10% of total GDP to be stored on blockchain by 2027 — WEF report

“A meshwork of green ropes against a red background” by Clint Adair on Unsplash

Around 10% of global gross domestic product (GDP) is likely to be stored on the blockchain by 2027, pointing to the predicted future popularisation of the technology by traditional markets, an early survey-based report by the World Economic Forum shows.

The report, dubbed “Deep Shift Technology: Tipping Points and Societal Impact” provides a snapshot of expectations from a community of over 800 executives and experts from the information and communications technology sector.

Aggregating results from interviews, the WEF revealed that the uptake of blockchain — which the WEF describes as a distributed trust mechanism used to keep track of transactions in a distributed fashion — could have considerable knock-on benefits.

Among these, blockchain penetration could facilitate increased financial inclusion in emerging markets, as financial services on the blockchain gain critical mass. It could also drive the disintermediation of financial institutions, as new services and value exchanges are created directly on the blockchain.

The WEF lists additional potential positive impacts as “an explosion in tradable assets, as all kinds of value exchange can be hosted on the blockchain; better property records in emerging markets, and the ability to make everything a tradable asset.”

Don Tapscott, co-author of Blockchain Revolution told professional services firm McKinsey in a recent interview that the blockchain is “nothing less than the second generation of the Internet”.

“It will change every institution, in some ways more so than the first generation did… What if there were not just an Internet of information? What if there were an Internet of value, some kind of global distributed ledger or database where anything of value, from money to music to votes, could be managed, transacted, and exchanged in a private and secure way?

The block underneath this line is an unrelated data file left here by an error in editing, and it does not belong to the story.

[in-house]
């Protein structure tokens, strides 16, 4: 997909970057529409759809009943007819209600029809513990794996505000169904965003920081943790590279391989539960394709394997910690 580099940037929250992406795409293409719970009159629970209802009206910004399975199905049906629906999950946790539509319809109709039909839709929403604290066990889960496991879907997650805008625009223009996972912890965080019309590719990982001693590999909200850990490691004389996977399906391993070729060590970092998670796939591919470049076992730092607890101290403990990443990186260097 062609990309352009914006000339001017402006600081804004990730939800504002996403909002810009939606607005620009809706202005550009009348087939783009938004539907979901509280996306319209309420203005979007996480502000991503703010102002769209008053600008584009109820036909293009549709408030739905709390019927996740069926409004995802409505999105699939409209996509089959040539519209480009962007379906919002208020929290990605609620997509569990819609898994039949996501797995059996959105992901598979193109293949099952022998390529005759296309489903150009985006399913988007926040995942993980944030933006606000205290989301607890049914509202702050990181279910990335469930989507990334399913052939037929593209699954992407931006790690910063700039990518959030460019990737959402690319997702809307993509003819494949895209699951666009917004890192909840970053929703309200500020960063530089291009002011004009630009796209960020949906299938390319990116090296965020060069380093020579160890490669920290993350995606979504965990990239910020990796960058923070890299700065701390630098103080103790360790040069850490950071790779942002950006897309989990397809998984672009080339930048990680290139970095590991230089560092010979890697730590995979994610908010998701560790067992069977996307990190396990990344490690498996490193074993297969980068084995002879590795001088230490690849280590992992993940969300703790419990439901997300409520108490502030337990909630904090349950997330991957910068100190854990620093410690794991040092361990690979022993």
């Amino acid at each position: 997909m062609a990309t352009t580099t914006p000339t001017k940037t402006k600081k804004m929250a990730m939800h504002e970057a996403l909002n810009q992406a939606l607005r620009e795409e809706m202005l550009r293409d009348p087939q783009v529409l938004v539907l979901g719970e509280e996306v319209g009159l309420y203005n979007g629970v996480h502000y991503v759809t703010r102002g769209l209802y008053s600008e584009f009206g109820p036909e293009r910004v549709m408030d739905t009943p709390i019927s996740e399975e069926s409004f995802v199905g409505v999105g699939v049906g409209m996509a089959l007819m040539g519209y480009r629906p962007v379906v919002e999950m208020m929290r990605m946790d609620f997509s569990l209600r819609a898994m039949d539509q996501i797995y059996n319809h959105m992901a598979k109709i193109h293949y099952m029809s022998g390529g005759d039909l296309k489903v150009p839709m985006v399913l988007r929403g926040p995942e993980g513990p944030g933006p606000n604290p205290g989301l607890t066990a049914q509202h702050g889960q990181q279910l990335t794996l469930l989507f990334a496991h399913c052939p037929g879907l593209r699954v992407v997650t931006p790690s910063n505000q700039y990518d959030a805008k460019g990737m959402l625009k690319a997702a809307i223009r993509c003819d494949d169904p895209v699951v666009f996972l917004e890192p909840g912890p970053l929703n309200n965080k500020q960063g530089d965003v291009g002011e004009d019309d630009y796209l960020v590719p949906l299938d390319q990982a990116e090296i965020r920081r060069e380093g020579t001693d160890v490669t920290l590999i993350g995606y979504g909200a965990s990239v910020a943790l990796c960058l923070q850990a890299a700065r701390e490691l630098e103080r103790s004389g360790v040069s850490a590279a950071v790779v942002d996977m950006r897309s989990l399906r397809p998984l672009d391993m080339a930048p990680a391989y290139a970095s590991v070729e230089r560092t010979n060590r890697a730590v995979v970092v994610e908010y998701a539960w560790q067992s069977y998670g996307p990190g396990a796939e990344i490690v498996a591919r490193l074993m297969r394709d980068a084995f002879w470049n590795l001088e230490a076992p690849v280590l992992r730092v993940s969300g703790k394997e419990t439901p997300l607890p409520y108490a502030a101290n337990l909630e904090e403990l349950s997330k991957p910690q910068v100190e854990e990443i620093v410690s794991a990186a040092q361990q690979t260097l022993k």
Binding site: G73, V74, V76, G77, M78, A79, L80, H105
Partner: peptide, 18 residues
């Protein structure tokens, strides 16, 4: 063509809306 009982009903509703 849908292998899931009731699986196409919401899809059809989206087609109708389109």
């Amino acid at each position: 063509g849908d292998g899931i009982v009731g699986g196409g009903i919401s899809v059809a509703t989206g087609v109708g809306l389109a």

“Well, that’s essentially what blockchain is,” he told McKinsey.

TrustBar COO Bheka Mchunu agrees with Tapscott’s transformative evaluation of blockchain, adding that the most critical gain of blockchain technology lies in its ability to provide enhanced transparency through its decentralised global ledger structure.

“It is exactly this feature that has allowed TrustBar to develop its unique exchange offering, where users are able to swop tokens from one chain to another while retaining full custody of their keys and tokens.

“The power of the blockchain also opens up the possibility of one-click two-factor authentication, which we are currently investigating as a further security measure for TrustBar exchange users,” he says.

When launched in December 2018, TrustBar will become the first global decentralised exchange that will allow cross-chain and cross-token trading through a single transaction. Details of the user funds will remain protected by individual keys and not stored on the platform, while dynamic pairing will allow each user to select the buy/sell pairs. This speeds up token exchange and reduces costs for the user.

TrustBar has just wrapped up a token airdrop process, which has demonstrated strong support for the exchange.

The company is also preparing for its Initial Coin Offering on 31 August, which will be conducted on the NEO blockchain and which targets a capital raise of $35m.